House of Good Cheer

This curious structure, that has puzzled many, was constructed according to the designs of the architect Johann Ferdinand Hetzendorf von Hohenberg in the late 1890s. Today, only the foundation walls remain in the dense vegetation. A model in the Historical Museum of the City of Vienna (1799), and many contemporary images and descriptions however provide accurate information regarding how the "House of Good Cheer" originally looked. Following the devastations of the French occupation in 1809, the building was redesigned by the architect Alois Pichl in 1812 in a more Gothic style (but this was not implemented) and finally in 1814, a respectable "house of please in the oak grove" was renovated both internally and externally. Since the 1960s, the existing remains have become less and less visible.

Haus der LauneThe idea of mad architectures was not new in the 18th century. To be precise, from around 1770 an intellectual discussion about the House of the Prince in Palagonia, Sicily took place, which must have been known to Empress Maria Theresa. This villa of the "topsy-turvy" world from around 1740 was visited by many cultured travellers (including Goethe) and much discussed. Precisely in the century of reason, there was intensive analysis of the phenomenon of irrationality (French: "déraison"). The foreign-language names of the "House of Good Cheer" speak for themselves: "maison burlesque", "maison de caprice", "maison de phantaisie".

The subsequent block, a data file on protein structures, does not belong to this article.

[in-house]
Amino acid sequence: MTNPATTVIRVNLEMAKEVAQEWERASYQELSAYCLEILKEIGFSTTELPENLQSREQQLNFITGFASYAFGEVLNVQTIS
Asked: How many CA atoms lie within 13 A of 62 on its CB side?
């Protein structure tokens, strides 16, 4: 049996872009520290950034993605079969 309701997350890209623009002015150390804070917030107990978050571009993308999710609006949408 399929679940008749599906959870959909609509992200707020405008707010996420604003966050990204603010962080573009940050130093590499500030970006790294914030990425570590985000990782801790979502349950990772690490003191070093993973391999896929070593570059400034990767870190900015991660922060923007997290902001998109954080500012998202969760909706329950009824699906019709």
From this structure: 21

Haus der LauneThe meaning of the "House of Good Cheer" in Laxenburg can, in terms of cultural history, be found in the fact that here, for the first time in Austria an intellectual architectural caricature was created, which in the open space of nature and the garden ensured the continued existence of the Hofnarrentum (court jester), which was much in demand in the 18th century. The upside-down world beyond ceremonial "ennui" (boredom) was intended to express the desire for not rational, but irrational freedom, which was ultimately rooted in the critical instincts of the Enlightenment.

Unfortunately, now only the foundation walls of the structure remain. However, with the aid of sponsors, Schloss Laxenburg Betriebsgesellschaft is endeavouring to reconstruct this valuable building and find a contemporary use for it.